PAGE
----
When compared with nonvolunteers, volunteers are more likely to be more highly educated (Chambre, 1984), to have higher incomes (Gronbjerg & Never, 2002; Park & Smith, 2000), to be working part-time (although retirement is not related to volunteering) (Gronbjerg & Never, 2002; Park & Smith, 2000), and to be married (Uslaner, 2002). Variables significantly associated with the decision to volunteer include previous volunteer experience (Caro & Bass, 1997; Chambre, 1987; Dye, Goodman, Roth, Bley, & Jensen, 1973); a religious identity passed on from parents (Park & Smith, 2000); more reflective disposition, less concern with material aspects of life, and greater need for contemplation and prayer (Gerard, 1985); better health and a greater preference for active pursuits rather than spending long periods of time watching television (Gerard, 1985); an attitude of forgiveness (Wuthnow, 2000); and simply being invited to volunteer (Bowman, 2004; Park & Smith, 2000; Roehlkepartain, Naftali, & Musegades, 2000). In addition, several factors appear to sustain volunteer involvement, including being connected with other volunteers (Cnaan, Boddie, Handy, Yancey, & Schneider, 2002; M. C. Nelson, 1999), receiving multiple forms of social support for the volunteer activity (Ashcraft & Kedrowicz, 2002), and having the opportunity to develop genuine relationships with service recipients (Lawrence, 2000).
This language is all the more important for religious volunteers because the expectation that faith should lead to service pervades religious thought (Campolo, 1983; Hessel, 1988; R.A. Nelson, 1990). Dykstra (1999) described the activities--referred to as "practices of faith"--that collectively constitute a fife of faith for Christians, for example. These behaviors include worship, studying scripture, prayer and meditation, forgiving others, and giving financially. Some practices also are related directly to volunteer service: providing hospitality and care to strangers, suffering with and for one another and neighbors, specific acts of service, and activities that promote social justice.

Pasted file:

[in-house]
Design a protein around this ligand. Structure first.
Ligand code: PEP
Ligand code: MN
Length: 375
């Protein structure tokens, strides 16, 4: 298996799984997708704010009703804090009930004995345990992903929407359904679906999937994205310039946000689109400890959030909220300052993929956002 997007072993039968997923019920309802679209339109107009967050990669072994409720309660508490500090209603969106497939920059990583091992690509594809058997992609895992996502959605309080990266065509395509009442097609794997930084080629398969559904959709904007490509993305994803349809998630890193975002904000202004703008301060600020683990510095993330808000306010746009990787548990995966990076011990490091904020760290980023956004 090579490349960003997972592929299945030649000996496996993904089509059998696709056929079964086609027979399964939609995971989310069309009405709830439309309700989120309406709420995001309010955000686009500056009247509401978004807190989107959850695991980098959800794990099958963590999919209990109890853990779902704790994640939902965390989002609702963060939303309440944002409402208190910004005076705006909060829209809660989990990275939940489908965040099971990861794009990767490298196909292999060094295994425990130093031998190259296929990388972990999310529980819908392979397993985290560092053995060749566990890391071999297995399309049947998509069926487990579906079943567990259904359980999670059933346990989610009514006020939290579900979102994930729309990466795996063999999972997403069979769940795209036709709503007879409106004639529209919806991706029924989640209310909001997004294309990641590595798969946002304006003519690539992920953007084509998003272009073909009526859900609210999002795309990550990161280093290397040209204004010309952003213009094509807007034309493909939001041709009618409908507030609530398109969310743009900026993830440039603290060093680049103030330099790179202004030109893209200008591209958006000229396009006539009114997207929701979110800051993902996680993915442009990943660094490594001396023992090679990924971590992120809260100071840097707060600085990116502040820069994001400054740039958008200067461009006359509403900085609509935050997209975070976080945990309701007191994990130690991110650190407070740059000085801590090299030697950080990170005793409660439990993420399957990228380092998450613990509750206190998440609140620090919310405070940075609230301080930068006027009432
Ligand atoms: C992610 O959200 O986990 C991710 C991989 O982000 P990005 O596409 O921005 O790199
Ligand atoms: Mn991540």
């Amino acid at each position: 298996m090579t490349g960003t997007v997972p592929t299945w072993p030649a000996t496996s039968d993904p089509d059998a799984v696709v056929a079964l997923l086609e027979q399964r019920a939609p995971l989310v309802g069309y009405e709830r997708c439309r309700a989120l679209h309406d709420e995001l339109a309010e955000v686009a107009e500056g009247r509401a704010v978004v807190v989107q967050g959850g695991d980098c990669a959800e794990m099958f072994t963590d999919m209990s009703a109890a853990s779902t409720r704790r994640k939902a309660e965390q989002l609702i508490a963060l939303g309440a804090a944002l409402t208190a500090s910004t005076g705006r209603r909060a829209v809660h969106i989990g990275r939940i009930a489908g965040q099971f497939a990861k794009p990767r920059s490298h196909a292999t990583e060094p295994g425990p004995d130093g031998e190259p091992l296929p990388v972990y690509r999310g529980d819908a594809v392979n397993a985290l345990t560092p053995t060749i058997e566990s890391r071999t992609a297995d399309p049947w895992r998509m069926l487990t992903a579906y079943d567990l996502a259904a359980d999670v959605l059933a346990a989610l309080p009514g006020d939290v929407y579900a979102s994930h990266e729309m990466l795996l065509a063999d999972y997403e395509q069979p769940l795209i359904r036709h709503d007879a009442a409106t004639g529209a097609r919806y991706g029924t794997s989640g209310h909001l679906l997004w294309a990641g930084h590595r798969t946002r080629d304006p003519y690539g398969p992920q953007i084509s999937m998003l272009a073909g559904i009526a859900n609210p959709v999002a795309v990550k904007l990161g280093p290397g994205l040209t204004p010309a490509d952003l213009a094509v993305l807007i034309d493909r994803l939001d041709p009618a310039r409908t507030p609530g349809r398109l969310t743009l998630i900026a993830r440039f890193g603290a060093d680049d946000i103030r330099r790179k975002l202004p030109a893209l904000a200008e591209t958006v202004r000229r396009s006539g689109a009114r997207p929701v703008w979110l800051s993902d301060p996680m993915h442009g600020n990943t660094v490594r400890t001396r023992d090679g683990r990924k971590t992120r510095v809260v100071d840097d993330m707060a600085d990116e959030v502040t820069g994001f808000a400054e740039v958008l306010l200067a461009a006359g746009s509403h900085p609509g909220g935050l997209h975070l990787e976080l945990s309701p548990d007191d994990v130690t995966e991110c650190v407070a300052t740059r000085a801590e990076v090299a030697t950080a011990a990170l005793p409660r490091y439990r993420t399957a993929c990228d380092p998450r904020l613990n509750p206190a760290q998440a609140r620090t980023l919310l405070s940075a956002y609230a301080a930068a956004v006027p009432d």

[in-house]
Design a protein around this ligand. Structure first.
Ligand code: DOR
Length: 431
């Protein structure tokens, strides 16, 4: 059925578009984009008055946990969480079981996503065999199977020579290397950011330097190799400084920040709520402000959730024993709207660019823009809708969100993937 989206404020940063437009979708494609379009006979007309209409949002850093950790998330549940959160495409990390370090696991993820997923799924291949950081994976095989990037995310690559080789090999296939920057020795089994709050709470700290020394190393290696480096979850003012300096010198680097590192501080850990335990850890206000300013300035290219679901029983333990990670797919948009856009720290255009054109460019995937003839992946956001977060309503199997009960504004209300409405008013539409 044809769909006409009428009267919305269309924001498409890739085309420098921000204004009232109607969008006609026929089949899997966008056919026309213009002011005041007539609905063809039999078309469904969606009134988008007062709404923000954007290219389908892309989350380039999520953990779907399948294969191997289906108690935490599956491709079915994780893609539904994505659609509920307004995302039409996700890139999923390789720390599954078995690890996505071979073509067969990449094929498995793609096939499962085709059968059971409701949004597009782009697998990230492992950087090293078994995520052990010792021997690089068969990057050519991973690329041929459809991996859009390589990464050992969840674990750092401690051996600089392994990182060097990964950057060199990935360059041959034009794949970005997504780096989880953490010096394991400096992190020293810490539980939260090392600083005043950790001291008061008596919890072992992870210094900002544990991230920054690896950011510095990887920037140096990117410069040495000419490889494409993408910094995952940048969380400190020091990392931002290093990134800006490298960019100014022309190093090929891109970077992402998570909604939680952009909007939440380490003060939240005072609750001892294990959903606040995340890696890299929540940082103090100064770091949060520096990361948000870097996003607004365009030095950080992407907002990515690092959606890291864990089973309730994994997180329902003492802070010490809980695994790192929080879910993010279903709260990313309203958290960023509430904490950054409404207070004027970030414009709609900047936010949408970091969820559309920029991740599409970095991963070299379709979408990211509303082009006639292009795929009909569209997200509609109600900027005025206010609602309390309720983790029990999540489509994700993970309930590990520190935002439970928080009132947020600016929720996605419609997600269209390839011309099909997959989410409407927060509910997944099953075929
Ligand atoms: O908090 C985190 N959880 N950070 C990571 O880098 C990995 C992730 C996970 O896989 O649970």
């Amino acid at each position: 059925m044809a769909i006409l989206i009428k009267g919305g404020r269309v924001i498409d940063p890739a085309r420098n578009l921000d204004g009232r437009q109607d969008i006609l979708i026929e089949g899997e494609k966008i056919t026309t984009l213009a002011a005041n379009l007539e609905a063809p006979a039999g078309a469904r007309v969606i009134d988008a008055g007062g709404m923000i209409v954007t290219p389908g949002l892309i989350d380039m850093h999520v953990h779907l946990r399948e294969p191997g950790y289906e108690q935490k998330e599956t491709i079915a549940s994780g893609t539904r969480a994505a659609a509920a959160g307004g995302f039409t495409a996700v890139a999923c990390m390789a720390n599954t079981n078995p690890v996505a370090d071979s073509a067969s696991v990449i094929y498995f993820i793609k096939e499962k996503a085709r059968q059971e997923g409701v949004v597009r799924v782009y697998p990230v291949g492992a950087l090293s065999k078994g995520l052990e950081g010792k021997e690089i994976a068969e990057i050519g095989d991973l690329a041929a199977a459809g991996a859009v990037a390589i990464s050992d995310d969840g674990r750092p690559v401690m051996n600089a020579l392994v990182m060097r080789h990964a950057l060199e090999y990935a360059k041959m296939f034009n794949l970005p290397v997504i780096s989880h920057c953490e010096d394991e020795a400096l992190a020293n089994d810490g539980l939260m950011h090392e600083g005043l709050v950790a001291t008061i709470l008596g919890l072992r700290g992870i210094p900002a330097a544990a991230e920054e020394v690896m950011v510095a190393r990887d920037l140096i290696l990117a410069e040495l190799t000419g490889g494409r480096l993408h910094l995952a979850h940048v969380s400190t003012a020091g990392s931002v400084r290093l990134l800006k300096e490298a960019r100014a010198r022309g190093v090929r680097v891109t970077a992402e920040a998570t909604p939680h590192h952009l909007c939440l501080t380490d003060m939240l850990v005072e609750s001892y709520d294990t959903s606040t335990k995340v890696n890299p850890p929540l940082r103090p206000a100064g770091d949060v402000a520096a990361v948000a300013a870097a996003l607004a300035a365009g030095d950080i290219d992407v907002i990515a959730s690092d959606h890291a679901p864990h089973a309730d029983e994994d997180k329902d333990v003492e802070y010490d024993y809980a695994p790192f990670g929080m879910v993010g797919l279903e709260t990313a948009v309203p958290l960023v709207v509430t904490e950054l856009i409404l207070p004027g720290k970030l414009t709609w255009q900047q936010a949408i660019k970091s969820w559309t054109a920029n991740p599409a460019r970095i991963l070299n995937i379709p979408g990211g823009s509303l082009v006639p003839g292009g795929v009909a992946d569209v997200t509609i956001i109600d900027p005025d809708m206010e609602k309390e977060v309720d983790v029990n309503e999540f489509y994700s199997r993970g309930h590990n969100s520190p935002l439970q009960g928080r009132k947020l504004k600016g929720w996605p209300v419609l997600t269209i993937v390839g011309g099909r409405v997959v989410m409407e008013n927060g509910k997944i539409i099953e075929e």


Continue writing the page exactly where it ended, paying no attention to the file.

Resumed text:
Religious thought suggests that faith and service have a dynamic, transactional relationship. For example, according to the Christian Protestant reformer Martin Luther, the effects of faith are twofold: justification (with God) and service (to neighbor). In fact, faith and service are so closely related in Luther's thought that "it is impossible, indeed, to separate (them), just as it is impossible to separate heat and light from fire" (McElway, 1990, p. 176). Faith motivates volunteers to serve, and serving, in turn, may deepen and transform the volunteer's faith, leading to a greater commitment to service, compassion for those who suffer in unjust social systems, and the potential for more radical engagement in the community. This study attempted to develop an understanding of congregation volunteers, including the extent to which they experienced the relationship between faith and service as transactional.